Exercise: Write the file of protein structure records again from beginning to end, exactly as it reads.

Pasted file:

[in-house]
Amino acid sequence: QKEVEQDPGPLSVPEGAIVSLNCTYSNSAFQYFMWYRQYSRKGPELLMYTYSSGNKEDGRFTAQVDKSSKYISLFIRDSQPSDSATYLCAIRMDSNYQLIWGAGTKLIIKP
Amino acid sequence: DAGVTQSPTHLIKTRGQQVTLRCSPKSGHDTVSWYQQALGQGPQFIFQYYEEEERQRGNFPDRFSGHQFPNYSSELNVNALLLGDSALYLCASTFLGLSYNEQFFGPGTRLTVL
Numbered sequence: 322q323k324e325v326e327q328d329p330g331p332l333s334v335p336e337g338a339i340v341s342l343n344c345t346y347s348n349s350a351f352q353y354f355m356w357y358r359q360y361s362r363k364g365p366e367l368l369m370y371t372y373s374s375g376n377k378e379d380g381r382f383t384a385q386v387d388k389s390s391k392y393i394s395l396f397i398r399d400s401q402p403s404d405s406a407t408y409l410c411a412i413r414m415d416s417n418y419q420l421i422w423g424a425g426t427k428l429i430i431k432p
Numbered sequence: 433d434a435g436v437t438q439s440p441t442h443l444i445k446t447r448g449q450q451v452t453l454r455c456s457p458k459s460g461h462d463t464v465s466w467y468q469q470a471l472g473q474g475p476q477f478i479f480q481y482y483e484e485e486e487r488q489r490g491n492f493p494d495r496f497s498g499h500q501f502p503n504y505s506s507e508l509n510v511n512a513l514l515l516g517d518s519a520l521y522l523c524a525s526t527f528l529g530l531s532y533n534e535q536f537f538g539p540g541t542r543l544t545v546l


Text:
[in-house]
Amino acid sequence: QKEVEQDPGPLSVPEGAIVSLNCTYSNSAFQYFMWYRQYSRKGPELLMYTYSSGNKEDGRFTAQVDKSSKYISLFIRDSQPSDSATYLCAIRMDSNYQLIWGAGTKLIIKP
Amino acid sequence: DAGVTQSPTHLIKTRGQQVTLRCSPKSGHDTVSWYQQALGQGPQFIFQYYEEEERQRGNFPDRFSGHQFPNYSSELNVNALLLGDSALYLCASTFLGLSYNEQFFGPGTRLTVL
Numbered sequence: 322q323k324e325v326e327q328d329p330g331p332l333s334v335p336e337g338a339i340v341s342l343n344c345t346y347s348n349s350a351f352q353y354f355m356w357y358r359q360y361s362r363k364g365p366e367l368l369m370y371t372y373s374s375g376n377k378e379d380g381r382f383t384a385q386v387d388k389s390s391k392y393i394s395l396f397i398r399d400s401q402p403s404d405s406a407t408y409l410c411a412i413r414m415d416s417n418y419q420l421i422w423g424a425g426t427k428l429i430i431k432p
Numbered sequence: 433d434a435g436v437t438q439s440p441t442h443l444i445k446t447r448g449q450q451v452t453l454r455c456s457p458k459s460g461h462d463t464v465s466w467y468q469q470a471l472g473q474g475p476q477f478i479f480q481y482y483e484e485e486e487r488q489r490g491n492f493p494d495r496f497s498g499h500q501f502p503n504y505s506s507e508l509n510v511n512a513l514l515l516g517d518s519a520l521y522l523c524a525s526t527f528l529g530l531s532y533n534e535q536f537f538g539p540g541t542r543l544t545v546l